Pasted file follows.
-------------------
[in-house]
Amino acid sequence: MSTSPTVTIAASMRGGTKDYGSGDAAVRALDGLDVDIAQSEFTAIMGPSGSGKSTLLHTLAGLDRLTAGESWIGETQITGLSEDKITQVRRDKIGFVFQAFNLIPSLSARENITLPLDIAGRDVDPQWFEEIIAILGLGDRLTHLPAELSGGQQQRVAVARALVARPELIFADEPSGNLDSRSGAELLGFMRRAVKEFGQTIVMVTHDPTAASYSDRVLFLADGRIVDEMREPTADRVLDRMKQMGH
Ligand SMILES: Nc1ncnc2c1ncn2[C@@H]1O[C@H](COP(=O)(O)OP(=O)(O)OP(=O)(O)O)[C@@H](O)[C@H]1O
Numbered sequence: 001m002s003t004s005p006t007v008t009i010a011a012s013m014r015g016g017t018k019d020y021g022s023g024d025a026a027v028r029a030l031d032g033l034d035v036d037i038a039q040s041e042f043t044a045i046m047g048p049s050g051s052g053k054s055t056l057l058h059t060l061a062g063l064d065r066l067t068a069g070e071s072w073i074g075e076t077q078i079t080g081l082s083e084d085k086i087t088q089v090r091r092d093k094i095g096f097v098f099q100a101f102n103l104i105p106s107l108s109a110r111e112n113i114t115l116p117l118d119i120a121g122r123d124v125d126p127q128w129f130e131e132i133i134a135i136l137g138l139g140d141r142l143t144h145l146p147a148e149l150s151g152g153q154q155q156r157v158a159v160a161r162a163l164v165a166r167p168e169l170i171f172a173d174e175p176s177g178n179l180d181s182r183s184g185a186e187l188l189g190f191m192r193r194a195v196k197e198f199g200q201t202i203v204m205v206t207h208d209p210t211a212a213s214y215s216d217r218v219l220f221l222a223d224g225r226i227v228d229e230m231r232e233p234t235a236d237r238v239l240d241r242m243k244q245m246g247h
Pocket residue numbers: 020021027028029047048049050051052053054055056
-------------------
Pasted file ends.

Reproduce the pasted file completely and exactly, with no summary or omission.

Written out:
[in-house]
Amino acid sequence: MSTSPTVTIAASMRGGTKDYGSGDAAVRALDGLDVDIAQSEFTAIMGPSGSGKSTLLHTLAGLDRLTAGESWIGETQITGLSEDKITQVRRDKIGFVFQAFNLIPSLSARENITLPLDIAGRDVDPQWFEEIIAILGLGDRLTHLPAELSGGQQQRVAVARALVARPELIFADEPSGNLDSRSGAELLGFMRRAVKEFGQTIVMVTHDPTAASYSDRVLFLADGRIVDEMREPTADRVLDRMKQMGH
Ligand SMILES: Nc1ncnc2c1ncn2[C@@H]1O[C@H](COP(=O)(O)OP(=O)(O)OP(=O)(O)O)[C@@H](O)[C@H]1O
Numbered sequence: 001m002s003t004s005p006t007v008t009i010a011a012s013m014r015g016g017t018k019d020y021g022s023g024d025a026a027v028r029a030l031d032g033l034d035v036d037i038a039q040s041e042f043t044a045i046m047g048p049s050g051s052g053k054s055t056l057l058h059t060l061a062g063l064d065r066l067t068a069g070e071s072w073i074g075e076t077q078i079t080g081l082s083e084d085k086i087t088q089v090r091r092d093k094i095g096f097v098f099q100a101f102n103l104i105p106s107l108s109a110r111e112n113i114t115l116p117l118d119i120a121g122r123d124v125d126p127q128w129f130e131e132i133i134a135i136l137g138l139g140d141r142l143t144h145l146p147a148e149l150s151g152g153q154q155q156r157v158a159v160a161r162a163l164v165a166r167p168e169l170i171f172a173d174e175p176s177g178n179l180d181s182r183s184g185a186e187l188l189g190f191m192r193r194a195v196k197e198f199g200q201t202i203v204m205v206t207h208d209p210t211a212a213s214y215s216d217r218v219l220f221l222a223d224g225r226i227v228d229e230m231r232e233p234t235a236d237r238v239l240d241r242m243k244q245m246g247h
Pocket residue numbers: 020021027028029047048049050051052053054055056